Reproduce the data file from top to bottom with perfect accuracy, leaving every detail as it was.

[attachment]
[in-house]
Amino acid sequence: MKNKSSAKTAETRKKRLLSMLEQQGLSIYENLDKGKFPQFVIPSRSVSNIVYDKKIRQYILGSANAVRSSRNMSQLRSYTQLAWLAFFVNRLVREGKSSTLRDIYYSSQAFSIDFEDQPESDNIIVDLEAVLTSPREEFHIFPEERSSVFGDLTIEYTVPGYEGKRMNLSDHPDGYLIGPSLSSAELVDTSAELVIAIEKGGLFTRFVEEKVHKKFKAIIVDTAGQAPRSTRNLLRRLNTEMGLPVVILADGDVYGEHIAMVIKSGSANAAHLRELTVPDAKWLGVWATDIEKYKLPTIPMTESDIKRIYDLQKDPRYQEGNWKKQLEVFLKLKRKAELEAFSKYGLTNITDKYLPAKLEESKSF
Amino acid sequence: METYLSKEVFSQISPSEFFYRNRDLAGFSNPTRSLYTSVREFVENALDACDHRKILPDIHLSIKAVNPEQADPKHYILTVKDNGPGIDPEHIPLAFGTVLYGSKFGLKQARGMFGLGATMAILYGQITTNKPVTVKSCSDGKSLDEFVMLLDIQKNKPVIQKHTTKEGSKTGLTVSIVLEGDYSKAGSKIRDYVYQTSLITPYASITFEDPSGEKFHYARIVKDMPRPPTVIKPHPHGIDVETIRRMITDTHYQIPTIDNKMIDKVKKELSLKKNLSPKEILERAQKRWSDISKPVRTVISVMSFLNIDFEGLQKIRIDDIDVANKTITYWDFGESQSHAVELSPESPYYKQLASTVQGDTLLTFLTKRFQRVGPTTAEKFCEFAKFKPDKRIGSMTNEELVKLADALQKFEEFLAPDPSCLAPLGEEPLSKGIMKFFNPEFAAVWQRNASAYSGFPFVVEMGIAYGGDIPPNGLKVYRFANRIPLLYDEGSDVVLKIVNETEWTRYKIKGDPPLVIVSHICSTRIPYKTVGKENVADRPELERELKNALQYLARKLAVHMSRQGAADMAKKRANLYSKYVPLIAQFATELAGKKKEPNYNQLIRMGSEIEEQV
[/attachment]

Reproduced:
[in-house]
Amino acid sequence: MKNKSSAKTAETRKKRLLSMLEQQGLSIYENLDKGKFPQFVIPSRSVSNIVYDKKIRQYILGSANAVRSSRNMSQLRSYTQLAWLAFFVNRLVREGKSSTLRDIYYSSQAFSIDFEDQPESDNIIVDLEAVLTSPREEFHIFPEERSSVFGDLTIEYTVPGYEGKRMNLSDHPDGYLIGPSLSSAELVDTSAELVIAIEKGGLFTRFVEEKVHKKFKAIIVDTAGQAPRSTRNLLRRLNTEMGLPVVILADGDVYGEHIAMVIKSGSANAAHLRELTVPDAKWLGVWATDIEKYKLPTIPMTESDIKRIYDLQKDPRYQEGNWKKQLEVFLKLKRKAELEAFSKYGLTNITDKYLPAKLEESKSF
Amino acid sequence: METYLSKEVFSQISPSEFFYRNRDLAGFSNPTRSLYTSVREFVENALDACDHRKILPDIHLSIKAVNPEQADPKHYILTVKDNGPGIDPEHIPLAFGTVLYGSKFGLKQARGMFGLGATMAILYGQITTNKPVTVKSCSDGKSLDEFVMLLDIQKNKPVIQKHTTKEGSKTGLTVSIVLEGDYSKAGSKIRDYVYQTSLITPYASITFEDPSGEKFHYARIVKDMPRPPTVIKPHPHGIDVETIRRMITDTHYQIPTIDNKMIDKVKKELSLKKNLSPKEILERAQKRWSDISKPVRTVISVMSFLNIDFEGLQKIRIDDIDVANKTITYWDFGESQSHAVELSPESPYYKQLASTVQGDTLLTFLTKRFQRVGPTTAEKFCEFAKFKPDKRIGSMTNEELVKLADALQKFEEFLAPDPSCLAPLGEEPLSKGIMKFFNPEFAAVWQRNASAYSGFPFVVEMGIAYGGDIPPNGLKVYRFANRIPLLYDEGSDVVLKIVNETEWTRYKIKGDPPLVIVSHICSTRIPYKTVGKENVADRPELERELKNALQYLARKLAVHMSRQGAADMAKKRANLYSKYVPLIAQFATELAGKKKEPNYNQLIRMGSEIEEQV